As usual, I ran web access reports this morning. My page count for the week was back up to just under 20,000, probably thanks to new visitors from Pournelle's site. And for the first time ever, I actually had one day (3,988 page reads) that was higher than one of Pournelle's (3,127 page reads). Granted, they weren't the same day, and it was my high day versus Pournelle's low day, but even so. But, much as I like having the additional traffic, I can't wait for him to get back and start writing again.

Good news from O'Reilly Saturday. The royalty statement for PC Hardware in a Nutshell for Q4/2000 finally arrived. Publishers don't like sales figures being made public, so I'll just say that the book more than earned out its advance during its first quarter. The next royalty statement will be the real proof of how the book is doing, though.

Click here to read or post responses to this week's journal entries

Click here to read or post responses to the Linux Chronicles Forum

[Top]

Tuesday, 24 April 2001

[Last Week] [Monday] [Tuesday] [Wednesday] [Thursday] [Friday] [Saturday] [Sunday] [Next Week]
[Daynotes Journal Messageboard]  [HardwareGuys.com Messageboard]

I implemented my spam filter yesterday morning by telling Outlook to move all messages with return addresses from yahoo.com, hotmail.com, excite.com, etc. to the deleted items folder, making exceptions for mailing list messages and so on. When I checked this morning, there were 162 messages in the deleted items folder. I scrolled down through the list, and all 162 of them were spam, with multiple copies of many of them. Three offering diplomas, six offering to tell me how to make $6,200/month, five offering Viagra by mail, more than a dozen of the same chain-letter message, a bunch offering junk penny stocks, another bunch telling me how my business can accept credit cards, and so on.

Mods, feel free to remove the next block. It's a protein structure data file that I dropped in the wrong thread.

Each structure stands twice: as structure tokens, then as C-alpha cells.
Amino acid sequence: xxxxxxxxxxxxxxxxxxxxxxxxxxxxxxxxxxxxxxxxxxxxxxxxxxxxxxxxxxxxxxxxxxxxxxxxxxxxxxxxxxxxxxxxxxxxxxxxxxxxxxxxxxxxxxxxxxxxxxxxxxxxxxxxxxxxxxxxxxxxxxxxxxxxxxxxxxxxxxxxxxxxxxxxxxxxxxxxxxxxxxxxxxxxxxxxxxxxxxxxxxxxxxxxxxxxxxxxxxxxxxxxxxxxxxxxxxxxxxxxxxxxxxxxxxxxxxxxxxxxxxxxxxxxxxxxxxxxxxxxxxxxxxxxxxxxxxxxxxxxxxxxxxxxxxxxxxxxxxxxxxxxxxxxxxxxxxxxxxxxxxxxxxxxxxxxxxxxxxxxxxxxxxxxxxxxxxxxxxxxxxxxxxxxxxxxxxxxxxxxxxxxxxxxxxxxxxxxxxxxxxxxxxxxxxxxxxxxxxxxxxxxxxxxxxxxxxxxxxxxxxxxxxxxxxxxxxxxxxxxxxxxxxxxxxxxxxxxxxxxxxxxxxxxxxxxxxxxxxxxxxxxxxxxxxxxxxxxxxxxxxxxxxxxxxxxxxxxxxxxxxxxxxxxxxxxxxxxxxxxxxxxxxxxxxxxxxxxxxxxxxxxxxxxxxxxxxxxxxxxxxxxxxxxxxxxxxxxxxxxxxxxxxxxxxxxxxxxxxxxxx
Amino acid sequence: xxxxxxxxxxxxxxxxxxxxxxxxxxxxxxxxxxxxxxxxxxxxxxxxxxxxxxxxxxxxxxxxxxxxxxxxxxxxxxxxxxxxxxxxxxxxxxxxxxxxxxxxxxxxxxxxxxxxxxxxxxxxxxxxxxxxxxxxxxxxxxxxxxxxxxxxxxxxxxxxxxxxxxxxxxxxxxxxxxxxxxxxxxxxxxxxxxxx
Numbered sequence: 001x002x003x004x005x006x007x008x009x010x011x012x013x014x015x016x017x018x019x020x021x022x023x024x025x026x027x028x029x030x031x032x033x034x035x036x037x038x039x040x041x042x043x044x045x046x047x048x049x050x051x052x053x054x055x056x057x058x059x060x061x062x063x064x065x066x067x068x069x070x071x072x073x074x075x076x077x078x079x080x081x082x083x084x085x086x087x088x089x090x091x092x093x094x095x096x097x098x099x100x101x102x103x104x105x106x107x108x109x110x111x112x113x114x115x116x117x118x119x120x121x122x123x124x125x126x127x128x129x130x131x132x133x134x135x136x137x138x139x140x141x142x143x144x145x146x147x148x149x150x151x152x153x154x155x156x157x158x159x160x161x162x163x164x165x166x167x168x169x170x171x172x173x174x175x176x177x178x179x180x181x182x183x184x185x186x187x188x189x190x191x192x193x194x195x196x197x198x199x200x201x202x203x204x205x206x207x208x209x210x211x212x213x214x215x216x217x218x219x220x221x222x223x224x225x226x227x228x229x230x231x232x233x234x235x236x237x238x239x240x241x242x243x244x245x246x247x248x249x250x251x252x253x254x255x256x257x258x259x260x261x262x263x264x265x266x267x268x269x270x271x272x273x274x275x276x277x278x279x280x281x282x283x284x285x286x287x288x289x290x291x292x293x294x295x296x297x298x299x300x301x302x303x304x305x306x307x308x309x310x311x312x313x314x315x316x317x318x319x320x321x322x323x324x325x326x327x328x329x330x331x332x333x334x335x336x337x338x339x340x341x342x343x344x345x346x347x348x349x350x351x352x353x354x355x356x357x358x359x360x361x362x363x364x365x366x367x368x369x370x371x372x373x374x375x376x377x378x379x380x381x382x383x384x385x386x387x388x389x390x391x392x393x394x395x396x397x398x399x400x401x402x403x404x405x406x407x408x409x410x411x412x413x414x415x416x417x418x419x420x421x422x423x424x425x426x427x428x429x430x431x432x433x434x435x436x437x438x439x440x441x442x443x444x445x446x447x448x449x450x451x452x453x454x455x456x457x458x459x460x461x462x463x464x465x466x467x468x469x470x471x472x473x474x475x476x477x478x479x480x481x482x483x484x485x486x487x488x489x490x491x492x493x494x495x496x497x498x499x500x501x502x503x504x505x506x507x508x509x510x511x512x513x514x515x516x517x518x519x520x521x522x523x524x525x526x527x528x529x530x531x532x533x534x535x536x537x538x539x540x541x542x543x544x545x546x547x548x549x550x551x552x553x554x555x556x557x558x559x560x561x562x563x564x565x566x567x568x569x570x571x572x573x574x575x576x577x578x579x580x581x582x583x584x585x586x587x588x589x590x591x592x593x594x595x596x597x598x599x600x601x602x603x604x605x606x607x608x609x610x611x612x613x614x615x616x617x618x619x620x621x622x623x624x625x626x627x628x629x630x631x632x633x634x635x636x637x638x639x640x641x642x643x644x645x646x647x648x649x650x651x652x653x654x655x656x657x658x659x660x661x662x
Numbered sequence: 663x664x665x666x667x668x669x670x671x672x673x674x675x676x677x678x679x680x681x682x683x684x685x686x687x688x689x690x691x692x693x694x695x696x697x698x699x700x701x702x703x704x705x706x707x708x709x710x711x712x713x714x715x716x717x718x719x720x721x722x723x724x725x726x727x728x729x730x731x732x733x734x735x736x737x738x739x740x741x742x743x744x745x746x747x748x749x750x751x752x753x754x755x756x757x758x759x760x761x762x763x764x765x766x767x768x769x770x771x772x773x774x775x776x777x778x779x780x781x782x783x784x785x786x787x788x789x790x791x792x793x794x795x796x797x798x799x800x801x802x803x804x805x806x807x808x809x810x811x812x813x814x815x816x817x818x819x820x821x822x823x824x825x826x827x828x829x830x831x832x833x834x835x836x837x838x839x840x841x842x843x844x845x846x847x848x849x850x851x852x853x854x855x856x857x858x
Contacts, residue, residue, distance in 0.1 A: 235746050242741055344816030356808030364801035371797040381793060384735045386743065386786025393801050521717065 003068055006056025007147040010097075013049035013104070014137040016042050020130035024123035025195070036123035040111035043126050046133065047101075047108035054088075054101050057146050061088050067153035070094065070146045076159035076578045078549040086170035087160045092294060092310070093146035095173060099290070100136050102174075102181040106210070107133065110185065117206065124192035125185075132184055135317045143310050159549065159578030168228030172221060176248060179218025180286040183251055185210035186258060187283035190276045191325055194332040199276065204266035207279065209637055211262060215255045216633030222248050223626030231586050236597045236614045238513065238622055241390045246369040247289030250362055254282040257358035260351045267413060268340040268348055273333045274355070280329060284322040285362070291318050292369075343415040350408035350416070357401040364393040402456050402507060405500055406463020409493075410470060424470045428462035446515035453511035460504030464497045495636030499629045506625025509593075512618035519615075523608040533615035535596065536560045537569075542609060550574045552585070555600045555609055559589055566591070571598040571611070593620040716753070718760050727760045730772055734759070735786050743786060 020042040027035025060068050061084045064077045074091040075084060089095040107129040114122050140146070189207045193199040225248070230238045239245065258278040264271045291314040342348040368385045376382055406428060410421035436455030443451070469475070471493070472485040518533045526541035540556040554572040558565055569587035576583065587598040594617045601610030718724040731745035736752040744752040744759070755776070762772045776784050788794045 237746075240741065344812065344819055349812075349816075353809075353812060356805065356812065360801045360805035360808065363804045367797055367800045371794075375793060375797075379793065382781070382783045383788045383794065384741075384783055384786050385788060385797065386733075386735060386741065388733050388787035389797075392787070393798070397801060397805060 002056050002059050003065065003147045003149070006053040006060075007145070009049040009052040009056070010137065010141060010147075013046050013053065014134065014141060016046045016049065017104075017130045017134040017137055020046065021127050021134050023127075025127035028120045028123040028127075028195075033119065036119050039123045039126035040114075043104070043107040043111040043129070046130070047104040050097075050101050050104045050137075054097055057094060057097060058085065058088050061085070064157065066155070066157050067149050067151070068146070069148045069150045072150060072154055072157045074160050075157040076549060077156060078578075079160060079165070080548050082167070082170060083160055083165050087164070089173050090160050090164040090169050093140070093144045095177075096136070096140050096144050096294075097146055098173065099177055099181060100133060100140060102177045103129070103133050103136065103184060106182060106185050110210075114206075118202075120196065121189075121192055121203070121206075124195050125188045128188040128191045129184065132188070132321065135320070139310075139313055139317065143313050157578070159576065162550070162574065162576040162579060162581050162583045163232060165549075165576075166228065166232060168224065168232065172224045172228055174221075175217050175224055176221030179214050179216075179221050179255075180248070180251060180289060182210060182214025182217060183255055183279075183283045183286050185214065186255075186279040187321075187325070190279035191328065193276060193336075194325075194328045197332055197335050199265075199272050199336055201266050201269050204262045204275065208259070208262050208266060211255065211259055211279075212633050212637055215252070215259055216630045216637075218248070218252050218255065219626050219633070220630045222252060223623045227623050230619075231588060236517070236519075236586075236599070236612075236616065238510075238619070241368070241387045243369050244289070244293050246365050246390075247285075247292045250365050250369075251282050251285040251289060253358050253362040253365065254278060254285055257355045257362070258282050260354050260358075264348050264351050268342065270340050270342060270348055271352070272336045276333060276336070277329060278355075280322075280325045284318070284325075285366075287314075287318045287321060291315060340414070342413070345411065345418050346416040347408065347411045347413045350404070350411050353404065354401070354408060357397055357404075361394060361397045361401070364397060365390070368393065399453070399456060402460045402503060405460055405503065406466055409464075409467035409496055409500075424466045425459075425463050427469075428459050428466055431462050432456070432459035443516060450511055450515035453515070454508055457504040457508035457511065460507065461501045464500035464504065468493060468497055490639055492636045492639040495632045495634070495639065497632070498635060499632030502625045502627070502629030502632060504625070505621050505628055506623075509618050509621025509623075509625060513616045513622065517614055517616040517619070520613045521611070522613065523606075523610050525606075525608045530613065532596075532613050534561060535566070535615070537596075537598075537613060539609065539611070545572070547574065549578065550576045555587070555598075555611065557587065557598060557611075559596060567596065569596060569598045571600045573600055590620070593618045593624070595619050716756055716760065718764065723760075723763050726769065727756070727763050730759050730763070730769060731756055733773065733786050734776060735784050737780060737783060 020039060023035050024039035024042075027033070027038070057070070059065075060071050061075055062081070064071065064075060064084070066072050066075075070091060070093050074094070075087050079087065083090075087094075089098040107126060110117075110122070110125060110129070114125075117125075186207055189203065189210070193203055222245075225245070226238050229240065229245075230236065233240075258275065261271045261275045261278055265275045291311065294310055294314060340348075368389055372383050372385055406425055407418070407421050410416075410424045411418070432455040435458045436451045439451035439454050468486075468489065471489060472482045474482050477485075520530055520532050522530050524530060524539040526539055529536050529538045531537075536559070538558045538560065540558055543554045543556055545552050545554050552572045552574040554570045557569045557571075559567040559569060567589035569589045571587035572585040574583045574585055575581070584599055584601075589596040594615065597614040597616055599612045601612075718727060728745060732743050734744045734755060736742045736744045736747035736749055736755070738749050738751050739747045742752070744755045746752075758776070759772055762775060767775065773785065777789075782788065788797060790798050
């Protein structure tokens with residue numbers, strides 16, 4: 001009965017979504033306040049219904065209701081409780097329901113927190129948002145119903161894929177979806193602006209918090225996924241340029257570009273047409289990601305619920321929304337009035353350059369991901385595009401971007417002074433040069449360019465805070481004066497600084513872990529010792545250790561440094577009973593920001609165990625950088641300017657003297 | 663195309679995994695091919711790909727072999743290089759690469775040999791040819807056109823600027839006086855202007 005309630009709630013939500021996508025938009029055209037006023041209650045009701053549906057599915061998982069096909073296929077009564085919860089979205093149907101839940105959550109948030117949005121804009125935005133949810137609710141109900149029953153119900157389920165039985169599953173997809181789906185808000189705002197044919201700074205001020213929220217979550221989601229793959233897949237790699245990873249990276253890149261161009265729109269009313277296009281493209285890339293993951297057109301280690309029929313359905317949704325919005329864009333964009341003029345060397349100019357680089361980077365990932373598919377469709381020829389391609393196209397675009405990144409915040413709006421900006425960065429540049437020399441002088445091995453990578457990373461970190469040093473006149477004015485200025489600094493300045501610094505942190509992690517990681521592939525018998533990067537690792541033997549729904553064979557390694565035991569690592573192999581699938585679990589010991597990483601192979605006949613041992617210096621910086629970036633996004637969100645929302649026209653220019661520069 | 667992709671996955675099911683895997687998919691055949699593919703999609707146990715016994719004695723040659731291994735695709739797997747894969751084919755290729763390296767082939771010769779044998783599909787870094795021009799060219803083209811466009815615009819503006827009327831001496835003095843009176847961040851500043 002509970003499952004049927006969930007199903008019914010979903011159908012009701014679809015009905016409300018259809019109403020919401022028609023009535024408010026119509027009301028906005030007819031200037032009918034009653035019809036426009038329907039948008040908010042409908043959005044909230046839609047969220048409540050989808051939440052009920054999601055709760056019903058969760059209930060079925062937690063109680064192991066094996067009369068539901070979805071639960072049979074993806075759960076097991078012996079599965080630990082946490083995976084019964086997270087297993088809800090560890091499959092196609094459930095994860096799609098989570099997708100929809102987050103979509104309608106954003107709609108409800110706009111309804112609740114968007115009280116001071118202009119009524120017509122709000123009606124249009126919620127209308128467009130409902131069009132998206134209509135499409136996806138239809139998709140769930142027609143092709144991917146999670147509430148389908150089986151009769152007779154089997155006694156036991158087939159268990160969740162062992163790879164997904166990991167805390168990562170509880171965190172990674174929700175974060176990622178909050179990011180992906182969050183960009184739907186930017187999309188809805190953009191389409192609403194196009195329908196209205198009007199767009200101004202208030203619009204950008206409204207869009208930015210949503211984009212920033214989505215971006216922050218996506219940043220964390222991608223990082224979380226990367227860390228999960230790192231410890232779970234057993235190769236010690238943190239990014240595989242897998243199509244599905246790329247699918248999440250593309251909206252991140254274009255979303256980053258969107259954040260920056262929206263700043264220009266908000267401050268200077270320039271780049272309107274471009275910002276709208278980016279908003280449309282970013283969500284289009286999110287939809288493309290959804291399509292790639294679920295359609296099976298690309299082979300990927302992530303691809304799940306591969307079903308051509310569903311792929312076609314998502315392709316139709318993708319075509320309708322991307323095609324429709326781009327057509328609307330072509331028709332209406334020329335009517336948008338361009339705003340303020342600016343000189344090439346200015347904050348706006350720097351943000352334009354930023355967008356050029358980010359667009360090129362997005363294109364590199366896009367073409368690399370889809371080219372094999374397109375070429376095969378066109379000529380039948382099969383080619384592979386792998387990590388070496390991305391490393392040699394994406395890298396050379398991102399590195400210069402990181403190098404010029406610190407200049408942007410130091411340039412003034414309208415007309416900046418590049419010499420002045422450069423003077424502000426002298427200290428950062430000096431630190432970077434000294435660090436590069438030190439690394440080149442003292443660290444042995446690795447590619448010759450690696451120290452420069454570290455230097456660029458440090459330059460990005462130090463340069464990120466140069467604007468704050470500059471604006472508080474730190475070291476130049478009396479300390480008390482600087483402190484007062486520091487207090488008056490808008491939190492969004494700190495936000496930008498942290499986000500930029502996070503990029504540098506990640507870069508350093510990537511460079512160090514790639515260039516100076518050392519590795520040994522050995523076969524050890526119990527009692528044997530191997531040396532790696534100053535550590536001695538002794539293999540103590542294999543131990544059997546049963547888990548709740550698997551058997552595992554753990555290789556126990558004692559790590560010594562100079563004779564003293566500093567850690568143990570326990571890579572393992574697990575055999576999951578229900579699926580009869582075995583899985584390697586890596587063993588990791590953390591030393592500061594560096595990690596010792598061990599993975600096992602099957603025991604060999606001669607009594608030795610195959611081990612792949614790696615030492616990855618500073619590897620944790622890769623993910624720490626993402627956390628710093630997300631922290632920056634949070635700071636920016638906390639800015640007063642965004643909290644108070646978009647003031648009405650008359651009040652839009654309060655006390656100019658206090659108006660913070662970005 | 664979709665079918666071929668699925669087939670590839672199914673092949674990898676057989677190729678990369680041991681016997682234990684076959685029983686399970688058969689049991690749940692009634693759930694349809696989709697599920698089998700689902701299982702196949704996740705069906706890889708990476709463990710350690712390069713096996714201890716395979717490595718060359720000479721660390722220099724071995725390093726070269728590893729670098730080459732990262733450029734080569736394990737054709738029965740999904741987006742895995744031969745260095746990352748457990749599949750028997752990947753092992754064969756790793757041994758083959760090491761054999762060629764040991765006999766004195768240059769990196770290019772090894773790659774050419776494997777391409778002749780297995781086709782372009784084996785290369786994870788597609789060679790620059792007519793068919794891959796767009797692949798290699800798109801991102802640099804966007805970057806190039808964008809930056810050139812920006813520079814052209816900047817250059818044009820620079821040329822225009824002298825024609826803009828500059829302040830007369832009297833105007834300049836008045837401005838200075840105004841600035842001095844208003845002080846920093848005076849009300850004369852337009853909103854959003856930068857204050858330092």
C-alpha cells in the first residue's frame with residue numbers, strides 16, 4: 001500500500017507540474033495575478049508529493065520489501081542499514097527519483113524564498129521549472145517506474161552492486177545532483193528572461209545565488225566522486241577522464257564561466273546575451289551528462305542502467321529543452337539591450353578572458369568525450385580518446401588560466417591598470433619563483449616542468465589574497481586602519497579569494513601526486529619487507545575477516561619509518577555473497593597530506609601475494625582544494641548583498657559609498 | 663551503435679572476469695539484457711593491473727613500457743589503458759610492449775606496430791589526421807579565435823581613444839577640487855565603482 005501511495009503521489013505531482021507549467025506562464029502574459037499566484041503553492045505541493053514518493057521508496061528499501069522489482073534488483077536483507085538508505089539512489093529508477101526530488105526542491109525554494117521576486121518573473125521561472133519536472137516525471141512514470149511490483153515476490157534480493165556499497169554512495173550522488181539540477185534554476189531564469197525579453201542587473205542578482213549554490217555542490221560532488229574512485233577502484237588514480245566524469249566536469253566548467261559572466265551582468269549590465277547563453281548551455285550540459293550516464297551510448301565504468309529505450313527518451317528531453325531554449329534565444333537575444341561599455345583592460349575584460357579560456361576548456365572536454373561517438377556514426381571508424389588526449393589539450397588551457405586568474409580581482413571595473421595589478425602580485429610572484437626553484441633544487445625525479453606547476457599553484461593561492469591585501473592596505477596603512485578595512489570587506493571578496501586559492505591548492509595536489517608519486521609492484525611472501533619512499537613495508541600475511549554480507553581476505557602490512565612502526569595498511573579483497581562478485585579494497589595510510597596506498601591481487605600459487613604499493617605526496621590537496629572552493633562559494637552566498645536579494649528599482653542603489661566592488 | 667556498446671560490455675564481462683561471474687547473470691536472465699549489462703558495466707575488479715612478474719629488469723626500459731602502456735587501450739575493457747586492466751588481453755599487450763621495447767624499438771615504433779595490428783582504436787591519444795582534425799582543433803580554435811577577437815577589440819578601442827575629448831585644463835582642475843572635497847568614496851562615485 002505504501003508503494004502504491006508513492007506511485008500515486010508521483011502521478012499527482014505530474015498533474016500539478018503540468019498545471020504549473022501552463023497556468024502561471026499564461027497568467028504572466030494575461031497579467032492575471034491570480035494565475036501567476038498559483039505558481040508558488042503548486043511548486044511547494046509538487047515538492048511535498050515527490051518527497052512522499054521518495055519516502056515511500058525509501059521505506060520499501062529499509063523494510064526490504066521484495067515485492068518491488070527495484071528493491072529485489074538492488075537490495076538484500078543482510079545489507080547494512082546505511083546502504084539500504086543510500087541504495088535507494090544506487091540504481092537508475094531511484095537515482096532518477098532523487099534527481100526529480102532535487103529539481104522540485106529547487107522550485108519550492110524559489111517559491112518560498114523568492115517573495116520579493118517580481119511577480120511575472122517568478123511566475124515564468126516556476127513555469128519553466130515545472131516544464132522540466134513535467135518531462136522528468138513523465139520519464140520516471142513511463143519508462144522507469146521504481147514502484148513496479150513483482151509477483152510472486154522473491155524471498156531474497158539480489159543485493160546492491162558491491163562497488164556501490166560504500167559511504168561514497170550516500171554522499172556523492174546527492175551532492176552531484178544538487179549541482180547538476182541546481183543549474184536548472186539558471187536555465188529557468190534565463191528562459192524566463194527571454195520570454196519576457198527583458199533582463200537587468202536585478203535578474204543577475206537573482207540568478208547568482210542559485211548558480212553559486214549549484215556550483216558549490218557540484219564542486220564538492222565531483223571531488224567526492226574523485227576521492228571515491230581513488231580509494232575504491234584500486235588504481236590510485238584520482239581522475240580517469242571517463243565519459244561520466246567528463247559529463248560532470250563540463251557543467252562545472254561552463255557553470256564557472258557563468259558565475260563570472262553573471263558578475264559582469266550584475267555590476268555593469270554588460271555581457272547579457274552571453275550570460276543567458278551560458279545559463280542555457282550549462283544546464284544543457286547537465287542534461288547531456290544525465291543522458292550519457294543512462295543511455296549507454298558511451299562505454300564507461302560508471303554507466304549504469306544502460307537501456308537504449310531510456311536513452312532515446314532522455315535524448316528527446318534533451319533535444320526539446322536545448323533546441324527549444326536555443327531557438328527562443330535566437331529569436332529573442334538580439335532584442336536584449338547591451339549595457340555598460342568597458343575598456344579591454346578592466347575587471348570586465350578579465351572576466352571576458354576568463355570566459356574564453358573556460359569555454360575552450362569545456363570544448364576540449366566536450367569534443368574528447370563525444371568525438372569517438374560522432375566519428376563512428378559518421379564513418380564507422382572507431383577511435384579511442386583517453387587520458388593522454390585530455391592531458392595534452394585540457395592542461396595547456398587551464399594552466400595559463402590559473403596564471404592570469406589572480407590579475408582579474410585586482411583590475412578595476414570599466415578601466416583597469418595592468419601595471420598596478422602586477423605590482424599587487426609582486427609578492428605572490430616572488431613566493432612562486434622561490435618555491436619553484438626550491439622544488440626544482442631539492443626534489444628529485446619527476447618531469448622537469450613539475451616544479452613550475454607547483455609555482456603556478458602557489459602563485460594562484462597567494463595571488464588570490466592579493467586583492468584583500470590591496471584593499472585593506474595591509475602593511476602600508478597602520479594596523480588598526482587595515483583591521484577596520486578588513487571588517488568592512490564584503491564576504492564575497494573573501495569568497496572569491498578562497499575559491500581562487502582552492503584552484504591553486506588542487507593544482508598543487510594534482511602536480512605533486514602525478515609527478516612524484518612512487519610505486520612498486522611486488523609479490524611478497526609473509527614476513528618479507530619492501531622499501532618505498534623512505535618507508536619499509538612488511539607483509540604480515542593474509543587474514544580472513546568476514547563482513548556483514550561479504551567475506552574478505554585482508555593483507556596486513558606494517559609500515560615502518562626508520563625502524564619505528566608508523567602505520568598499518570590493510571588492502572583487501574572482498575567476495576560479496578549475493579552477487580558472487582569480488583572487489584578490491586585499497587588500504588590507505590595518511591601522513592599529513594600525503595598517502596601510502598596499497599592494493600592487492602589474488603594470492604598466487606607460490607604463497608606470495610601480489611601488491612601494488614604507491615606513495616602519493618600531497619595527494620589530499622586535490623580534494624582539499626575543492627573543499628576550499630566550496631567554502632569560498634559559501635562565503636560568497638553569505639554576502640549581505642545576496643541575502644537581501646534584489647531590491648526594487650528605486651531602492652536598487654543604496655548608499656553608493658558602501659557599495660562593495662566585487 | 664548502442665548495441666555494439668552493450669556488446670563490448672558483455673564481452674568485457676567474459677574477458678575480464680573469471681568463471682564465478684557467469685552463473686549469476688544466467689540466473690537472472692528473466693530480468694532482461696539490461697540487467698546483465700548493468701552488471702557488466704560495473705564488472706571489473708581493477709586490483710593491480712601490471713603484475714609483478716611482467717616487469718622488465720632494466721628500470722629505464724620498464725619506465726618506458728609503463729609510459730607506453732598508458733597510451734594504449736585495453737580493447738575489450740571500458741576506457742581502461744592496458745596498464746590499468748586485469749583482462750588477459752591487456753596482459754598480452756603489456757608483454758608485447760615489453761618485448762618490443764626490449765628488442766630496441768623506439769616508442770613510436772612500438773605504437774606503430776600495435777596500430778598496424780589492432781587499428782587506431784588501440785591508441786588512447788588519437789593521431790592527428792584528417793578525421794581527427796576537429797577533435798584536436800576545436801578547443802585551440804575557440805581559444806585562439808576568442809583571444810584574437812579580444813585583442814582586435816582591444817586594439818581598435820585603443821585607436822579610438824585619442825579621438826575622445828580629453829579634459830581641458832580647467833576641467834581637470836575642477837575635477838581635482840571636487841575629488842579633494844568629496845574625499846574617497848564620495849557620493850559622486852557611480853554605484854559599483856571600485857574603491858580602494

Ultimately, the problem here is that Outlook's mail filtering rules are inadequate. What I need is to be able to test based on the X-envelope-to: field in the header and compare the contents of that with the To: and CC: fields. If I could do that, I could completely eliminate spam without affecting messages sent directly to me. But Outlook doesn't offer that option in its rules. If I were a conspiracy theorist, I'd say that Microsoft wants to force us to read spam, because there's no other reason I can see that Outlook doesn't have that ability.